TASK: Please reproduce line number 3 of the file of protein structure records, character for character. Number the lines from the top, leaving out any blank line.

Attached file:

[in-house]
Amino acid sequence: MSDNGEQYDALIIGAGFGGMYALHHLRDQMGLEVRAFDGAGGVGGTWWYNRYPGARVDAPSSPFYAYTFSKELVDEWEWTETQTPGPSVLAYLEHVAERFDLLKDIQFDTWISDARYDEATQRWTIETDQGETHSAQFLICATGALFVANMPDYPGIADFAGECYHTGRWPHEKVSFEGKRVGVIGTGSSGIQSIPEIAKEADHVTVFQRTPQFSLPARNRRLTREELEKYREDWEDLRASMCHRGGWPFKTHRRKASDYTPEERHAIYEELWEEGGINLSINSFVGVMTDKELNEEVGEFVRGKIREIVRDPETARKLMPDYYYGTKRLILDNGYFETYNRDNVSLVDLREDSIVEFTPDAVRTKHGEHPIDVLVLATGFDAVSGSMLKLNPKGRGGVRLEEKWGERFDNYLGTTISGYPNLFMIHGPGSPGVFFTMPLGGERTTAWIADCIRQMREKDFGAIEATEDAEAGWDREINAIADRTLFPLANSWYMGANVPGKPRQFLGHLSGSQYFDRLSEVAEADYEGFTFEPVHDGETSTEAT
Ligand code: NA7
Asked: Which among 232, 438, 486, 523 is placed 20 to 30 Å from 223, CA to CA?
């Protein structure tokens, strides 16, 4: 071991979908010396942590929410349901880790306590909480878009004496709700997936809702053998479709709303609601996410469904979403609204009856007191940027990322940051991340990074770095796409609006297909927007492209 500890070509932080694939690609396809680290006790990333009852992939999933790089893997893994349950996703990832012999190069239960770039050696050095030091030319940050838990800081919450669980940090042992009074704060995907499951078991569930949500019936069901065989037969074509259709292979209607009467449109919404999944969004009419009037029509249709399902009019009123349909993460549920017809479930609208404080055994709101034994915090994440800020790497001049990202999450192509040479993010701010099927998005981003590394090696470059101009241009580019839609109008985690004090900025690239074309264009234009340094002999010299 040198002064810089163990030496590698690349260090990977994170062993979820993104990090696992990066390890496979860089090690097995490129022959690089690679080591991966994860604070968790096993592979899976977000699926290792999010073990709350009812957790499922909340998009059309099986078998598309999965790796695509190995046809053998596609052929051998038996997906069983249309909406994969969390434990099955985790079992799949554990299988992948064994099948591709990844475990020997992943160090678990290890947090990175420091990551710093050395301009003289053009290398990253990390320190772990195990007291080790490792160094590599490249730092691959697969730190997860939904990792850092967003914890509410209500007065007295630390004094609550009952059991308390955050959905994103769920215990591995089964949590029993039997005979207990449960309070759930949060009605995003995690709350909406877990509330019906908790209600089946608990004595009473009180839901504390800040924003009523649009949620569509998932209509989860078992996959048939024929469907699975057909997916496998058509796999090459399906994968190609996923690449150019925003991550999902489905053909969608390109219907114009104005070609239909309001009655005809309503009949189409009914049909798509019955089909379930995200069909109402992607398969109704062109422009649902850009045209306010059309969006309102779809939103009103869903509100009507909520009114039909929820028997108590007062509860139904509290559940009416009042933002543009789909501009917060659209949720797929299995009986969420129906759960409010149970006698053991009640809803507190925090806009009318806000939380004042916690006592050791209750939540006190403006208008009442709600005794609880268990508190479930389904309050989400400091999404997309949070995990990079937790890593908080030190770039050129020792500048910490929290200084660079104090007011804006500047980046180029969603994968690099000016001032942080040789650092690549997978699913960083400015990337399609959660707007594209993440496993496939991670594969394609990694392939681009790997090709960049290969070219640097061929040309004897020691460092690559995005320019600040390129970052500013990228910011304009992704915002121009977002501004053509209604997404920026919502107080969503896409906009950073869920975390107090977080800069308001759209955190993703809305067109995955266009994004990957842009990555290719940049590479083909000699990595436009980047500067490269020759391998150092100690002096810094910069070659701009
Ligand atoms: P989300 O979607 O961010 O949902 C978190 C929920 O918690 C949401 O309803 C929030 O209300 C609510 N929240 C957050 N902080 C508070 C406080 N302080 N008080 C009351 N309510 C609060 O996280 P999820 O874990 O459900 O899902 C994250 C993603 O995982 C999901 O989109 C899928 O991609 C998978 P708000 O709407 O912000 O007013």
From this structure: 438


Ligand code: NA7